On 4th August, 1914, England declared war on Germany. Two days later the NUWSS announced that it was suspending all political activity until the war was over. The leadership of the WSPU began negotiating with the British government. On the 10th August the government announced it was releasing all suffragettes from prison. In return, the WSPU agreed to end their militant activities and help the war effort.

Emmeline Pankhurst announced that all militants had to "fight for their country as they fought for the vote." Ethel Smyth pointed out in her autobiography, Female Pipings for Eden (1933): "Mrs Pankhurst declared that it was now a question of Votes for Women, but of having any country left to vote in. The Suffrage ship was put out of commission for the duration of the war, and the militants began to tackle the common task."

Edith Mansell Moullin was a pacifist so she completely disagreed with this strategy. She therefore left the Women's Social and Political Union and instead became a supporter of the Women's Freedom League. Edith believed that the British government did not do enough to bring an end to the war and between 1914-1918 supported the campaign of the Women's Peace Crusade for a negotiated peace. She also launched an appeal to help thirty-six Welsh wives of imprisoned Germans who had been working in Welsh mines. The wives were not receiving relief as they were not considered to be British subjects.

After the war Mansell Moullin became a member of the British Medical Council and vice-president of the Royal College of Surgeons. He also became a leading figure in carrying out abdominal surgery. H. S. Souttar has commented that he was "a somewhat shy man, he was the very soul of kindness... and no one will forget his generous hospitality."

Charles Mansell Moullin died aged eighty-nine in 1940.

Primary Sources

(1) Charles Mansell Moullin, The Daily Mirror (22nd November, 1910)

I notice in your account of the reception given to the deputation from the W.S.P.U. to the Prime Minister on Friday last it is stated that the police behaved with great good temper, tact, and restraint.

This may have been the case on previous occasions on which deputations have been sent; on the present one it is absolutely untrue.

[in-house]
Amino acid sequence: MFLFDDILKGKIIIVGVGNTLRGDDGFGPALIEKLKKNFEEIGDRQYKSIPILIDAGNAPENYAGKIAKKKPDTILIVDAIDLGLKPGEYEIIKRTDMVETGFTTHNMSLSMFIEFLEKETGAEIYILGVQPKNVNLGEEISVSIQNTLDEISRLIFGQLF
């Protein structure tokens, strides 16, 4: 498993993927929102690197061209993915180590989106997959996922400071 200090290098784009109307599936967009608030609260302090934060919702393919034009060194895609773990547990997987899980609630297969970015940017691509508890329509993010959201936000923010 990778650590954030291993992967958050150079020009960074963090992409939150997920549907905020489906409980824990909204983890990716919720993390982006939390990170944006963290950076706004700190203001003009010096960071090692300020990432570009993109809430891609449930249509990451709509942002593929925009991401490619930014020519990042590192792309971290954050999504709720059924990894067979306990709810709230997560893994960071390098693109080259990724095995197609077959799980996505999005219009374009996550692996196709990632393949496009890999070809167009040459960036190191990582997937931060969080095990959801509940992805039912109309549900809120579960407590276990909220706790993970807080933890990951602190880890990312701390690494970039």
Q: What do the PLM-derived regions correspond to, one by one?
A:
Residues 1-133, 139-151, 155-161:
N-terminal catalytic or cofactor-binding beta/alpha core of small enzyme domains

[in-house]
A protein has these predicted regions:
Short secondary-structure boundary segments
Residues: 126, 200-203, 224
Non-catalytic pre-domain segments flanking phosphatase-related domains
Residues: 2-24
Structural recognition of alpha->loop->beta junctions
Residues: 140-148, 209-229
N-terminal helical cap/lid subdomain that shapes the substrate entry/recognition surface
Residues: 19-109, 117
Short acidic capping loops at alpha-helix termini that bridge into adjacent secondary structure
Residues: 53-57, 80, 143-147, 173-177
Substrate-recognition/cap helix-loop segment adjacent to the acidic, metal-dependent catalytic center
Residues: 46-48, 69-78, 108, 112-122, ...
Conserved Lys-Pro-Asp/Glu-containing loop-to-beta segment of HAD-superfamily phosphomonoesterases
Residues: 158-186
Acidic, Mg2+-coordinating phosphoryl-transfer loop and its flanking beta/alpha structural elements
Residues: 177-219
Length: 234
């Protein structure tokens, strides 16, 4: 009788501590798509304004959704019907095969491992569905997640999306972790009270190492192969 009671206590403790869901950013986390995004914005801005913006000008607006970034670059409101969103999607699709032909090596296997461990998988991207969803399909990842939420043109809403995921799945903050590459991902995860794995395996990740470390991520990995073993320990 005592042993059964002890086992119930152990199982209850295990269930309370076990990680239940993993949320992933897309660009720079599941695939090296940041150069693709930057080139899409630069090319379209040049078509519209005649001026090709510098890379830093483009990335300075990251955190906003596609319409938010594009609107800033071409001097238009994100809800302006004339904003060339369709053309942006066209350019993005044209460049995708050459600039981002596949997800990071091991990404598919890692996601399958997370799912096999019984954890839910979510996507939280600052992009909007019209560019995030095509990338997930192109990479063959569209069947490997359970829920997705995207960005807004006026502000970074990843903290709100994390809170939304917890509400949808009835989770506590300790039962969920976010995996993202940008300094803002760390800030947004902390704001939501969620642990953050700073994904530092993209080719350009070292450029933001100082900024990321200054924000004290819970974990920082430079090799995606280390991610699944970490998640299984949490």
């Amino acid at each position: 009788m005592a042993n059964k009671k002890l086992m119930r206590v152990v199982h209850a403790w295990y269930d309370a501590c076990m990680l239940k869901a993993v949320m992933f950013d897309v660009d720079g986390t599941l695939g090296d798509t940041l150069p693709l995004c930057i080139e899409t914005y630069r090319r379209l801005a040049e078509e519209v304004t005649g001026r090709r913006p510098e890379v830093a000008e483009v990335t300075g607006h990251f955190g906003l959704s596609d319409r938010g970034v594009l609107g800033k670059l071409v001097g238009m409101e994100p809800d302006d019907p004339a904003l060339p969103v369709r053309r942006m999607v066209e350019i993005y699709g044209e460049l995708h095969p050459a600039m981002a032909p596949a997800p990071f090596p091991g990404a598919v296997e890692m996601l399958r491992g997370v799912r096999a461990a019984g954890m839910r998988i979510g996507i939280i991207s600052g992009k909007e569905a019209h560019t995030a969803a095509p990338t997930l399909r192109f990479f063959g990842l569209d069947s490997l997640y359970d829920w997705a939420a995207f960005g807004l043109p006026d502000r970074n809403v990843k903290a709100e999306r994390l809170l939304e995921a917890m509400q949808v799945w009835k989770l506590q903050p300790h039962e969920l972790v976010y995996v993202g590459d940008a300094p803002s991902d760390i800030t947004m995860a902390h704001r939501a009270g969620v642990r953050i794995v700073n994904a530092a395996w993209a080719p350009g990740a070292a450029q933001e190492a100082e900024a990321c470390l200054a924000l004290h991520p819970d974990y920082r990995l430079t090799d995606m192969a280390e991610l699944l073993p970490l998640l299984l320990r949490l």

The women were treated with the greatest brutality. They were pushed about in all directions and thrown down by the police. Their arms were twisted until they were almost broken. Their thumbs were forcibly bent back, and they were tortured in other nameless ways that made one feel sick at the sight.

I was there myself and saw many of these things done. The photographs that were published in your issue of November 19 prove it. And I have since seen the fearful bruises, showing the marks of the fingers, caused by the violence with which these women were treated.

These things were done by the police. There were in addition organised bands of well-dressed roughs who charged backwards and forwards through the deputation like a football team without any attempt being made to stop them by the police; but they contented themselves with throwing the women down and trampling upon them.

As this behaviour on the part of the police is an entirely new departure, it would be interesting to know who issued the instructions that they were to act with such brutality, and who organised the bands of roughs who suddenly sprang up on all sides from nowhere.

The Home Secretary, who does not want women arrested, is credited with the statement that he had devised a new method of putting a stop to deputations. Is this the method?

The women were discharged without a trial by the Secretary of State on the grounds of public policy. Is it public policy that there should be no trial and that the evidence which might otherwise have some out should be suppressed in this way?

(2) Charles Mansell Moullin, speech at Kingway Hall (18th March, 1913)

Last summer there were 102 Suffragettes in prison; 90 of those were being forcibly fed. All sorts of reports were being spread about what was being done to them. We got up a petition to the Home Secretary, we wrote him letters, we interviewed him so far as we could. We got absolutely no information of any kind that was satisfactory; nothing but evasion. So three of us formed ourselves into a committee - Sir Victor Horsley, Dr. Agnes Savill, and myself, and we determined that we would investigate these cases as thoroughly as we could. I don't want to be conceited, but we had the idea that we had sufficient experience in public and hospital practice and in private practice to be able to examine those persons, to take their evidence, to weigh it fully, and to consider it. And we drew up a report, and that report was published in The Lancet and in the British Medical, at the end of August last year.